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Divorce Mediaton - A Primer

By Christopher Rade Musulin, Esquire

Few topics have created more apprehension and misunderstanding among my colleagues than divorce mediation. The purpose of the present article is to briefly describe the philosophy and procedures involved with divorce mediation in an attempt to allay the legitimate concerns of fellow matrimonial practitioners as well as the general public who might be interested in trying the process of mediating one's divorce.

All attorneys find themselves immersed in a process adopted from Old English common law known as the traditional adversarial system. The fundamental belief is that diligent advocacy will result in a just and truthful result. The adversarial system is probably well suited for criminal cases, car accidents and contract disputes; however, it is often ill-suited for resolving disputes among family members.

The offended party in a criminal or civil action does not have to see the criminal, tortfeasor or breaching party each week. There is no need to have a continuing relationship. In family law, when children are involved, quite the opposite is true. Civil contact must occur on an ongoing basis. The adversarial process absolutely, and without apology, aggressively retards the development of an effective postdivorce relationship. In many cases, the adversarial process tragically and irretrievably destroys the ability of either parent to maintain a civil relationship.

Mediation is an alternative vehicle to dispute resolution. Divorce is both an emotional and legal process; mediation readily acknowledges this and maintains as its highest value the integrity and preservation of a quality post-divorce relationship between the parties, whether for the benefit of children or for the dignity of the litigants involved. A competent and successful mediator has the skill set to assist the parties in separating their emotional reactions from the legal tasks at hand. There are at least two different models of mediation: One described as academic/passive; and a second described as pragmatic/aggressive. I subscribe to the second and believe it is the most effective way to handle matrimonial matters, having mediated both civil and matrimonial disputes since 1989.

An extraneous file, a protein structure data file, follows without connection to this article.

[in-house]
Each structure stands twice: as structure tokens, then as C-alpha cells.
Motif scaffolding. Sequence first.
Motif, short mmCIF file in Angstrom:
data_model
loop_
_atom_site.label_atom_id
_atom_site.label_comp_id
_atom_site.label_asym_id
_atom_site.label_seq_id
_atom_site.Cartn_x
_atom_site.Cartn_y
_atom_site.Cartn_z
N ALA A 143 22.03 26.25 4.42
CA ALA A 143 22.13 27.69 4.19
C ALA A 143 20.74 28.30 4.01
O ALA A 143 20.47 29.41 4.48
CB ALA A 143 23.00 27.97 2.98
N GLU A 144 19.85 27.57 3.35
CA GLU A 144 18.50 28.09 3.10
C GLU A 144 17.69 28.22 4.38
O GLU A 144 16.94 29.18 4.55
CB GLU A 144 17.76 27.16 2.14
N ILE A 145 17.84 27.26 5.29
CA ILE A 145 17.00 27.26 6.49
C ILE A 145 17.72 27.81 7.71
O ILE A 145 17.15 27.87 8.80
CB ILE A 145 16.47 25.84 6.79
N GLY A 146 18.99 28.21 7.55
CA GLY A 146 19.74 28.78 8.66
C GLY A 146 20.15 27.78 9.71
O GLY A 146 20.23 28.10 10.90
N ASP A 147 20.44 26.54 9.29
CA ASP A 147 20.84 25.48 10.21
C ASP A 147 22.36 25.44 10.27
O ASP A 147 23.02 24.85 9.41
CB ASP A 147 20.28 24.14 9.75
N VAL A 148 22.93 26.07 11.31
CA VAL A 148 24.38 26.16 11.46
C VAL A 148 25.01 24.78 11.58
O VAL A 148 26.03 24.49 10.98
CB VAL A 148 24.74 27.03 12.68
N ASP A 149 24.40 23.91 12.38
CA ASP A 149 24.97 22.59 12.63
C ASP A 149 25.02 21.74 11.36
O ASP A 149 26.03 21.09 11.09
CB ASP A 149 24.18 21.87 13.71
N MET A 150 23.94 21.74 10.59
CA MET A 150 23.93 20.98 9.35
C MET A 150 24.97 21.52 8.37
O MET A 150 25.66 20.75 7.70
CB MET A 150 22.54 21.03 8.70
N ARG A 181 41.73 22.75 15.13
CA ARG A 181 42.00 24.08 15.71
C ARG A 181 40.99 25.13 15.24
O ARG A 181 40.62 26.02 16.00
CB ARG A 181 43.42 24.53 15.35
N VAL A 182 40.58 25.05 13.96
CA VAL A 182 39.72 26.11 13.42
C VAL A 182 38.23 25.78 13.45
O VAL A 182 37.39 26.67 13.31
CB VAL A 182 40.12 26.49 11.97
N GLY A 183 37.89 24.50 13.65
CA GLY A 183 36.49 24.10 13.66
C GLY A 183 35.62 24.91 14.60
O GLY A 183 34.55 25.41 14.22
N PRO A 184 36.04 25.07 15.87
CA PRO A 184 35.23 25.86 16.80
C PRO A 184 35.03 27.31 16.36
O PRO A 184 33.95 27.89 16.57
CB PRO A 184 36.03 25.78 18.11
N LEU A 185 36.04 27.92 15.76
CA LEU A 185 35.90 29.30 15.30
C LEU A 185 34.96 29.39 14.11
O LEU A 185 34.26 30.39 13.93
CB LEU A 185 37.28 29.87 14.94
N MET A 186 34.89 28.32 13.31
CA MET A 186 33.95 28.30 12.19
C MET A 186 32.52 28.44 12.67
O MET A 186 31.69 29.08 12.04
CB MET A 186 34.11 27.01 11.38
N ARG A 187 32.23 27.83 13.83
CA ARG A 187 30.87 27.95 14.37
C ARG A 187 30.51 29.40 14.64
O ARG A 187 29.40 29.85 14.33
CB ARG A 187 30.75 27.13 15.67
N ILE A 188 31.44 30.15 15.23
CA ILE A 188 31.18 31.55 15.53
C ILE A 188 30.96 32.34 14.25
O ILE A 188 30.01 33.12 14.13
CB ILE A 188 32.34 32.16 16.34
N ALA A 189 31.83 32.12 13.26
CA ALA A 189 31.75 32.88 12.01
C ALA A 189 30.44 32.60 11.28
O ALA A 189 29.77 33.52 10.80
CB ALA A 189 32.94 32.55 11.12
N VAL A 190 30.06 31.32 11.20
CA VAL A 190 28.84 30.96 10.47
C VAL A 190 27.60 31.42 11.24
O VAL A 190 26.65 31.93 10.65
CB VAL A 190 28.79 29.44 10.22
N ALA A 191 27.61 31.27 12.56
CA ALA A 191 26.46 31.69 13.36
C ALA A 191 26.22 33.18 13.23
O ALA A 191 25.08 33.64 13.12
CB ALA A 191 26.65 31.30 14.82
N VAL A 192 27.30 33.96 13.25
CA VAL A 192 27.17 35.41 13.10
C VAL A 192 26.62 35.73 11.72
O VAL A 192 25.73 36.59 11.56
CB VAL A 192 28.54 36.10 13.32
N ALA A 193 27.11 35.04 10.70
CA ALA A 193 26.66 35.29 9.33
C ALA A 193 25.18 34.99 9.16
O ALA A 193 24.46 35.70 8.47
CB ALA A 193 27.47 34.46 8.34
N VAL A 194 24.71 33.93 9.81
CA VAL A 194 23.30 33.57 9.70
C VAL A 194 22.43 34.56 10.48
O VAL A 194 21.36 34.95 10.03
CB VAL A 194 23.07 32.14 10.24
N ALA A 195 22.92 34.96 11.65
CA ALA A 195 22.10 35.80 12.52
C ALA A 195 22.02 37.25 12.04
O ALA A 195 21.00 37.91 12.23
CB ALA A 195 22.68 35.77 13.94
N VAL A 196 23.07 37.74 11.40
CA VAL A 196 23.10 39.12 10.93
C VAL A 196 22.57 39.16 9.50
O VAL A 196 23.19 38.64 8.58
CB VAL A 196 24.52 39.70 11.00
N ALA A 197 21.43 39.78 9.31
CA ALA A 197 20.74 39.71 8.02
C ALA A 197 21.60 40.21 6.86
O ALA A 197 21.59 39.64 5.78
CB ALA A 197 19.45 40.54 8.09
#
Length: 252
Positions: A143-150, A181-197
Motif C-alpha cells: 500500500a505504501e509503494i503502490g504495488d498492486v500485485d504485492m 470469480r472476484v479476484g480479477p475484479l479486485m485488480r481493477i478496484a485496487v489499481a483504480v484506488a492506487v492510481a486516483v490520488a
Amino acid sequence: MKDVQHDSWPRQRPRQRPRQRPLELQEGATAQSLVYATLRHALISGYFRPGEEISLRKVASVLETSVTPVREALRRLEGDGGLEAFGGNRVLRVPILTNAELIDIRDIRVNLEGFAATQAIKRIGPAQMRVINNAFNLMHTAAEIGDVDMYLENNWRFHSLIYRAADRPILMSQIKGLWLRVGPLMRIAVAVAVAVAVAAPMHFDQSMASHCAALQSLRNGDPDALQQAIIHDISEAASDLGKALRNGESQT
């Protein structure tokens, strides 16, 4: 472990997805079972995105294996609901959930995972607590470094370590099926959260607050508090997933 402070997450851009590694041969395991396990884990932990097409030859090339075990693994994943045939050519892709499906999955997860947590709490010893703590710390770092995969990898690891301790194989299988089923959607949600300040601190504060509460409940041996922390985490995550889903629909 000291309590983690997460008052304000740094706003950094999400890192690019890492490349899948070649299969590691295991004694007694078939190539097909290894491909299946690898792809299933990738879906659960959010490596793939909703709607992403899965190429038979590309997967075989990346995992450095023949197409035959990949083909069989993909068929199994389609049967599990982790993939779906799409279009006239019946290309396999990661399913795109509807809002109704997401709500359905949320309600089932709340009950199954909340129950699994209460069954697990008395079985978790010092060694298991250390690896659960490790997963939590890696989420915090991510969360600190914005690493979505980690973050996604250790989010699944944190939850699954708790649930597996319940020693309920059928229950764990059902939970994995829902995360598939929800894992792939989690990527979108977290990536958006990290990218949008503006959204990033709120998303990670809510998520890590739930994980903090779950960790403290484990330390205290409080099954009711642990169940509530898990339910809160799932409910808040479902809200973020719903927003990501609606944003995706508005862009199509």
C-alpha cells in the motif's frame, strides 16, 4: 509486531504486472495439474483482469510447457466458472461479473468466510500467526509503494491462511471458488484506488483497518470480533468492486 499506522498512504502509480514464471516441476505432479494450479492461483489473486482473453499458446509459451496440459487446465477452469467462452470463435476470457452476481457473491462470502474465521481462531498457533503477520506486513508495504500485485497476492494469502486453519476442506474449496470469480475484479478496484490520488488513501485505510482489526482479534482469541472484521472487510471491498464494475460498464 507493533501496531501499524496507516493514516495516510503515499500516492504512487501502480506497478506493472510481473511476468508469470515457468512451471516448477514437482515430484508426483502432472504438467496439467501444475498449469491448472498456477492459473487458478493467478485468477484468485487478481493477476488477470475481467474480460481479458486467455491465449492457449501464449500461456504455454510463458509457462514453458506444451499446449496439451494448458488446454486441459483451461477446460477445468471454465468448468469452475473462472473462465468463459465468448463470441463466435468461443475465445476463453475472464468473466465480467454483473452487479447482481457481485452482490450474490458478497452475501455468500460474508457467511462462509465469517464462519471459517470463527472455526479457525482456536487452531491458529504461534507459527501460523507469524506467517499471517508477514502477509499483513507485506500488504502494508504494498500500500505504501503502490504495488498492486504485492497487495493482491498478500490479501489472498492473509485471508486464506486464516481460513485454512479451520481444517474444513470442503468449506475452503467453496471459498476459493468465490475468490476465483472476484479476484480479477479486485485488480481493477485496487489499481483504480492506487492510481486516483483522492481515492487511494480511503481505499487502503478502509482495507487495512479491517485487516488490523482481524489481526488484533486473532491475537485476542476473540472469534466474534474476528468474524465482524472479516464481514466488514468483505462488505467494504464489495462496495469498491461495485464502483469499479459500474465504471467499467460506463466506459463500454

The first mediation session involves conferencing the case with the two litigants and orienting them to the process. First, information is gathered from the litigants the same way an attorney does when meeting with a client for the first time. Thereafter, litigants are provided with a general description of the court process and the various issues involved in the resolution of any marital estate. Litigants are also provided with various legal documents, including a blank Case Information Statement, and other important materials that the mediator is responsible for compiling in order for his clients to reach a legally sound resolution to their divorce.

My mediation clients are also counseled that it is in their best interests to confer with consulting attorneys during the process and have the final Memorandum of Understanding which I ultimately draft for them reviewed by said attorneys before the matter can be reduced to a Property Settlement Agreement.

The second session is not scheduled until the litigants complete Case Information Statements and any other critical discovery is completed, such as valuations or other relevant gathering of information. If indeed our clients need help with completing their Case Information Statements, we offer this service, also.

The mediation sessions last no more than one-and-a-half to two hours. The sessions usually total less than five, and, in fact, I have never had a case exceed five sessions. It is also my experience that those parties committed to mediation can complete the process in a matter of weeks, depending upon the schedules of the mediator, the clients and the consulting attorneys, if any.